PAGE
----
Saturday, August 20, 2016
Last time I told you that giving your people more than one conflict helps the reader care about them. Usually one is more personal than the other, although they can be related.
In my plot class I talk about the secondary plot. In that context, let’s consider the movie Die Hard. The big, obvious conflict is between a cop – McLane - who wants to save a group of hostages, and a terrorist whose true objective we don’t get to know until almost the end of the film. But note that McLane is also wrestling with a more personal conflict with his wife and we are not allowed to lose sight of that conflict throughout the film. It’s easier for us to relate to that more personal objective. That helps us relate to the character. Just like in Rocky (the example I used in a previous blog) I have never wanted to get punched by a heavyweight champ but HAVE wanted a woman to love and respect me, so that goal helps me relate to the character.
Your protagonist, and maybe your antagonist too, should also have internal conflicts. It might be okay for your villain to be willing to do whatever it takes to take over the world, get the girl or win the race, but your protagonist should have to consider his response to each challenge on a moral basis. Sure he can save the hostage by shooting the bad guy in the head, sure he can find the killer by lying to everyone about what he already knows, of course he can get the girl by flattening the other fellow’s tire… but SHOULD he? Yes, many people like a totally confident protagonist, and your story might work fine without internal conflict… but it will be better with it.
Remember, conflict is about character. In a good novel, or movie for that matter, the protagonist will grow and change during the story. It is the conflict that makes that change. Overcoming each challenge forces our protagonist to show the strength, or determination, or quick wits we want to see in a heroes, and the challenge the conflicts present force him to change.
Saturday, August 13, 2016
Last week I talked about the importance of conflict in your fiction. Conflict, as I stated then, is a function of your characters’ motivations. Your protagonist and antagonist must need to have or do things, and those things must be in conflict. These motivations can appear to be simple at the beginning of your story. The characters may even think so themselves at first. But you, the writer, need to know the deep down reason why their opposing goals are important to these people before you begin to build your plot. If they don’t care deeply about these goals, your reader won’t care either. And if only one is deeply invested, readers will wonder why the other one doesn’t just give up.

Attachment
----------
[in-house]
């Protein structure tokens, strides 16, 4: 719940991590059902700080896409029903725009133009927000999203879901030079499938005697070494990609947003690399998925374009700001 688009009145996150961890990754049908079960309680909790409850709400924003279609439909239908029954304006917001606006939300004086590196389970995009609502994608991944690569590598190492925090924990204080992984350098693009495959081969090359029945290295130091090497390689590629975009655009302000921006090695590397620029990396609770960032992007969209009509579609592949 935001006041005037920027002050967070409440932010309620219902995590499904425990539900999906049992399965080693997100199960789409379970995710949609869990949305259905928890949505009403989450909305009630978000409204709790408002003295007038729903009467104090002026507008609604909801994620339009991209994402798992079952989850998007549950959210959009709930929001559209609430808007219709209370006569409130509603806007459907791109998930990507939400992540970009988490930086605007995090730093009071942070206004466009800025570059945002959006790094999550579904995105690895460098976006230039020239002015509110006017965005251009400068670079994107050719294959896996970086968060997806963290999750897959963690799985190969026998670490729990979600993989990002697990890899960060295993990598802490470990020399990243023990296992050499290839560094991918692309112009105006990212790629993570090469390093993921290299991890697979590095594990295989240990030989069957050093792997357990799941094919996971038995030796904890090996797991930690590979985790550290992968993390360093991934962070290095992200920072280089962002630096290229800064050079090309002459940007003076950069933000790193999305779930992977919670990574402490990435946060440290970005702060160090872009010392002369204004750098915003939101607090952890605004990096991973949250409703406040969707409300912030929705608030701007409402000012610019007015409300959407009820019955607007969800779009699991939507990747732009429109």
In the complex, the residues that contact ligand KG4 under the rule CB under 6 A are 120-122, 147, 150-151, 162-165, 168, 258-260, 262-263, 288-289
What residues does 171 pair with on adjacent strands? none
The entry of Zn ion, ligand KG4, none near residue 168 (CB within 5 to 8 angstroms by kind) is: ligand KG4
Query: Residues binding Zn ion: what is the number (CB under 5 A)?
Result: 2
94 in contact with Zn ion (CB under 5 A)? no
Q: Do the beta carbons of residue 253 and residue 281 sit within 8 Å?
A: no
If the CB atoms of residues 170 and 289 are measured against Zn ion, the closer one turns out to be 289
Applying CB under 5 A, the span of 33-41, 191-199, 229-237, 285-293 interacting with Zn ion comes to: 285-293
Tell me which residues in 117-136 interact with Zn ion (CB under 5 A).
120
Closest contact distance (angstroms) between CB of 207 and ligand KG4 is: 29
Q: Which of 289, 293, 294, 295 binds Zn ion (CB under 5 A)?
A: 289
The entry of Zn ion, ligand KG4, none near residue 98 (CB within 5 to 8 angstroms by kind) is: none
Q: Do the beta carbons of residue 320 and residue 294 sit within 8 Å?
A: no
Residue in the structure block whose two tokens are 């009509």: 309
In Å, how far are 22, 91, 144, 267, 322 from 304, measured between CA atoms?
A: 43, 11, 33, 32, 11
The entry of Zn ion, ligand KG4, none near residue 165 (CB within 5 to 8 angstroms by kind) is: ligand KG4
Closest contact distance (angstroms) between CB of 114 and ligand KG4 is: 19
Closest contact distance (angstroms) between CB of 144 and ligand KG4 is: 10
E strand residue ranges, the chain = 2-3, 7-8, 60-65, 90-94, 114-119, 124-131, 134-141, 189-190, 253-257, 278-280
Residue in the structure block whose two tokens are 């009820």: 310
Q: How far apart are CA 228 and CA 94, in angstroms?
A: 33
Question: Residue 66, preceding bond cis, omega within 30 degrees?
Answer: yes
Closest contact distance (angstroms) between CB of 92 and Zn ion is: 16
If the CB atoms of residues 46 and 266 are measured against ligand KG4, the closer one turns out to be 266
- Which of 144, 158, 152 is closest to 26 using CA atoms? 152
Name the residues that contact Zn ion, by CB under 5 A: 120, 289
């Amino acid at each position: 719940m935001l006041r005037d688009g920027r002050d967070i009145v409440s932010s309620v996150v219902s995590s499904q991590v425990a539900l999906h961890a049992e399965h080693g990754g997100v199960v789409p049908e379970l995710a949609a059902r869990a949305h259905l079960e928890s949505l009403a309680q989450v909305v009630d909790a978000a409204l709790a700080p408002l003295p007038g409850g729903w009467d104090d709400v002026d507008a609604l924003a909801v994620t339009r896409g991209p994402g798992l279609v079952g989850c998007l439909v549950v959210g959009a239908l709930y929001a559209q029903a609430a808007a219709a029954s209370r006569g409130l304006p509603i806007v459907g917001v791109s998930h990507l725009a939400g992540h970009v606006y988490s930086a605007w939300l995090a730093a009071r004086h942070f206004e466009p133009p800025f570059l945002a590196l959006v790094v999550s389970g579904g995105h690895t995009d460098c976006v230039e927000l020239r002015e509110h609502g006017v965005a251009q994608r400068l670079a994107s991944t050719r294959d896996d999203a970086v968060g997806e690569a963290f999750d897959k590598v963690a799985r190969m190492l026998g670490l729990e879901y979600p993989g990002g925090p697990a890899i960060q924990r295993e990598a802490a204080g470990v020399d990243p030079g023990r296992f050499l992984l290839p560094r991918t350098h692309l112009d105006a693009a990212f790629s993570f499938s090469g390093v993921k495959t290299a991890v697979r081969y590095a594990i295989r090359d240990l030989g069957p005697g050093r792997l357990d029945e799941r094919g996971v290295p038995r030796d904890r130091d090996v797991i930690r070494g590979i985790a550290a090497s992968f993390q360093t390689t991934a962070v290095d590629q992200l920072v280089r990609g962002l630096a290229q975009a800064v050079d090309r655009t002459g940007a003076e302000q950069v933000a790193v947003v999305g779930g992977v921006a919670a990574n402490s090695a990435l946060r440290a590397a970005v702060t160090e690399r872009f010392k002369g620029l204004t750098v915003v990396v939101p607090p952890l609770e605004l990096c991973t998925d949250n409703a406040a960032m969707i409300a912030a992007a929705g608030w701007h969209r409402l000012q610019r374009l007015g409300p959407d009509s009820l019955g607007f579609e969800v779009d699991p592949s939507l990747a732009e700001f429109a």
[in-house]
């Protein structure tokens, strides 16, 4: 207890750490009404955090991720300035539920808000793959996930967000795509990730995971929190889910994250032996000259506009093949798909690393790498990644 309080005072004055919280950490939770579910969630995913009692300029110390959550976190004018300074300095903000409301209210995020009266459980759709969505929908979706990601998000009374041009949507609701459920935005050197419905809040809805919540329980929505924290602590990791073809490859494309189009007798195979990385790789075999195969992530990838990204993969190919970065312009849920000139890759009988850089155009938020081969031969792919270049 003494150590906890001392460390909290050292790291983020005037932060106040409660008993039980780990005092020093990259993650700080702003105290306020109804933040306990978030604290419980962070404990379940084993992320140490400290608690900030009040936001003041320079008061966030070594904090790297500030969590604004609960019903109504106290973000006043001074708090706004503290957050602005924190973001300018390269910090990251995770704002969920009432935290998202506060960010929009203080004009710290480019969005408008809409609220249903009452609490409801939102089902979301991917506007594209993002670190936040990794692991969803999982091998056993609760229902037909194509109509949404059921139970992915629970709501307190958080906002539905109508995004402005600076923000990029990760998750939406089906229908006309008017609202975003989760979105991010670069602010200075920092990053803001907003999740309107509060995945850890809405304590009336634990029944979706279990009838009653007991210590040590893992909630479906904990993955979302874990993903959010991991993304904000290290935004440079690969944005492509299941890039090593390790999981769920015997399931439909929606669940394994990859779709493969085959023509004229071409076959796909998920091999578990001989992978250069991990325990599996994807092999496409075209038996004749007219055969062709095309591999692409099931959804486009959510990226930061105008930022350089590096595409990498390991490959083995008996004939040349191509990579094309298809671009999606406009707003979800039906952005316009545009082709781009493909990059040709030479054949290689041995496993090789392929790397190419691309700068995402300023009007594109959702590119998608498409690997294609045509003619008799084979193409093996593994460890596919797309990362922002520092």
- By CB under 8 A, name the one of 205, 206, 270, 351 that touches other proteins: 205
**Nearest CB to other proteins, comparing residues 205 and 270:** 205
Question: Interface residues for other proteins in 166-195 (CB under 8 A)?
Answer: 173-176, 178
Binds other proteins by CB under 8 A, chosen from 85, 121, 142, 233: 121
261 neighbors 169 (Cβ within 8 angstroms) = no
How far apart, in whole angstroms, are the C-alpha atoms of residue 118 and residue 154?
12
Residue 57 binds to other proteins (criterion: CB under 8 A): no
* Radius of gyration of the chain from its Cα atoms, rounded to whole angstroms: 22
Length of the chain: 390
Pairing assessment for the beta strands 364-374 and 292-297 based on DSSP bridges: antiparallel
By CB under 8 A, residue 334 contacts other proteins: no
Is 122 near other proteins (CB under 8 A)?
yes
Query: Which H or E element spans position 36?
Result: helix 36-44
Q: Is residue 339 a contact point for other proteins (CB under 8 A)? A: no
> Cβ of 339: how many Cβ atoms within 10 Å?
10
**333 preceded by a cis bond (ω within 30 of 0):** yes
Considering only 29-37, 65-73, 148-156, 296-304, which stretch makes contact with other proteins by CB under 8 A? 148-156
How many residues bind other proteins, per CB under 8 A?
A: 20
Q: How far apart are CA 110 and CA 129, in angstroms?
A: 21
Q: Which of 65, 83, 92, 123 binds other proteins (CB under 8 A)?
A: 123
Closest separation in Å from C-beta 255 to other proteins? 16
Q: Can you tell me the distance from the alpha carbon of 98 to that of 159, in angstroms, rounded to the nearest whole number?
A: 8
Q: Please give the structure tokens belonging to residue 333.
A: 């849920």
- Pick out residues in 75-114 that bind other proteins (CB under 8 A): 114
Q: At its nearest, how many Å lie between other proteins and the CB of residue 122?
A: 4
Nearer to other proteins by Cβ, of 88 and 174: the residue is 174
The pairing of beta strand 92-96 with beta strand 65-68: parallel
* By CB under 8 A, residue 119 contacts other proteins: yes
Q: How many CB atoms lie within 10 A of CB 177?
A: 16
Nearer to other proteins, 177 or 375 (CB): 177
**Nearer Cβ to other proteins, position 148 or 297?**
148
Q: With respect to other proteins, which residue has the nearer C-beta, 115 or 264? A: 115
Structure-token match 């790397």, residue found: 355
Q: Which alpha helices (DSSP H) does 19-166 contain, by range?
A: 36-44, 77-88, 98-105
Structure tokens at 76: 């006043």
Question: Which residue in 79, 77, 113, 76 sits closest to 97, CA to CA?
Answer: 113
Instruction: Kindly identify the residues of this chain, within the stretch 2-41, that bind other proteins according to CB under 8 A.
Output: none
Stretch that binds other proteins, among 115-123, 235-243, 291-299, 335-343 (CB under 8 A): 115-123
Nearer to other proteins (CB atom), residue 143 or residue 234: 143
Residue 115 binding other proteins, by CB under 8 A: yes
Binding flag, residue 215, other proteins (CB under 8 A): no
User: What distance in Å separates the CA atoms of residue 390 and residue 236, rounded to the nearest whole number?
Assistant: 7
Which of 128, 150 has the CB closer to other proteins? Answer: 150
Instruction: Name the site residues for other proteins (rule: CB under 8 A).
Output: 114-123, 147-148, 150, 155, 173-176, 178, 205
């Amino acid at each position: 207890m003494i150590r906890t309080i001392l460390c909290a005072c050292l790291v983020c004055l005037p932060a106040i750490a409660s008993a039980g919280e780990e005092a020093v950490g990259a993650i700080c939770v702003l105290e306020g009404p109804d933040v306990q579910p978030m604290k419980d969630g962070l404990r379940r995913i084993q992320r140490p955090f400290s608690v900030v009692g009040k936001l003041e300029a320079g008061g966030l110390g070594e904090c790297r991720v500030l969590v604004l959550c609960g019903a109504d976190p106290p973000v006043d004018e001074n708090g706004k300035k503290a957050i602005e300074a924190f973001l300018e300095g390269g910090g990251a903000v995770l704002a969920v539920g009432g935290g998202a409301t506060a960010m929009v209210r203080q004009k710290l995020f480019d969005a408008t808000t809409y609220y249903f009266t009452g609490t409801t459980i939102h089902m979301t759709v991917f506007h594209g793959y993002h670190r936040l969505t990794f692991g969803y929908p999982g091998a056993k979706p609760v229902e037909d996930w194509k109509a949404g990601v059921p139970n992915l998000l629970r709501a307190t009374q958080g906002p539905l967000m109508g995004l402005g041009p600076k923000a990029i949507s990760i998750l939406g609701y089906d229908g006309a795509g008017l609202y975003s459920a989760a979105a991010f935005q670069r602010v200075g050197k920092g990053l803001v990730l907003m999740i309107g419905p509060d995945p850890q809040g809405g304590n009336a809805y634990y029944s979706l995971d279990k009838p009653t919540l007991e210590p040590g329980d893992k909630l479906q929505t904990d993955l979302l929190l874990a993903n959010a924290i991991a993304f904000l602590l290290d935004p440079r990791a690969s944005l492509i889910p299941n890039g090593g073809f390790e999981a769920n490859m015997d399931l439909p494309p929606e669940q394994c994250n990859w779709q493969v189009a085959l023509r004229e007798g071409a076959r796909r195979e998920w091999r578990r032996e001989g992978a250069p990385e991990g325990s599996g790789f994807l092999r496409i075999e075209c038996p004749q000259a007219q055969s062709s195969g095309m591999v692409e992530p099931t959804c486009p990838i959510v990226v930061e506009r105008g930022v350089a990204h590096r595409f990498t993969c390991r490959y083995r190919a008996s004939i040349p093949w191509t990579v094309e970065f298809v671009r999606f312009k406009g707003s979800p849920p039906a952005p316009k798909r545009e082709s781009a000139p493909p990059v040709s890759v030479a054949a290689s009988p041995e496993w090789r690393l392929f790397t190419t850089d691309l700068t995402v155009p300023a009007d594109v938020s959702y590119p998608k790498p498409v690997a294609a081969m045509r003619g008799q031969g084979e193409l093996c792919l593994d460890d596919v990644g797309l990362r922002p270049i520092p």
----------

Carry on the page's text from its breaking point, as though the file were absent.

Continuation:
As an example, let’s consider Rocky – Sylvester Stallone’s first sold script. Yes, it’s a boxing movie, but how much of the film is actual fighting? That’s good evidence that, as i said earlier, conflict is not violence. What does our protagonist, Rocky, really want in that film? He wants a shot at the title. Keep that in mind, because his actual objective is important. But he also wants to prove he’s not a loser. And he wants his girl to respect him.
Our antagonist – Apollo – wants to prove once again that he is the best ever. There’s another lesson here: note that the antagonist isn’t necessarily a villain. He doesn’t have to be evil. And I prefer stories in which both the protagonist and the antagonist have worthy goals and are both absolutely determined to attain them.
In that context you can see that the plot of the movie is not about who’s the best boxer. It’s all about what Rocky is willing to do to attain his goals. Each beat in the script is about Rocky facing some obstacle to achieving one of his goals. And really, he’s not particularly good at much of anything. Consequently, each beat in the film contains a conflict that shows us how badly rocky wants these things he is driven to have.
Wednesday, August 10, 2016
At the recent writing symposium put on by the Virginia Writers Club I discussed conflict and suspense – two elements i have to lean hard on to create crime fiction. Without conflict, you don't have a story. Conflict drives your story forward. And without suspense, readers have no reason to get to the end of your story. Suspense draws your readers thru the story to a satisfying conclusion.
You may think that the genres I write makes these elements easier to use. In fact, they apply to all fiction worth reading. But to be clear: conflict is not violence. Suspense is not mystery.
Conflict is a function of character. It’s about human motivations.
Suspense is a function of plot. It’s about pacing.
Today I’ll talk a little about the use of conflict. Most good stories are driven by some external conflict. The protagonist – the person we cheer for – needs to do something, go someplace, get something… and the antagonist – the person we boo – has opposing goals.
In a romance, it might be as simple as the leading lady wanting eternal love and the fellow she’s attracted to not wanting to be tied down. In a murder mystery the hero wants to find the killer, and the killer doesn’t want to be found. Most often in thrillers the villain’s objective kicks off the story, and the protagonist’s goal is to stop him from accomplishing that objective. But one way or another, whatever the goals they are pursuing, they must be very important to both the protagonist and the antagonist – and you have to let your readers know that.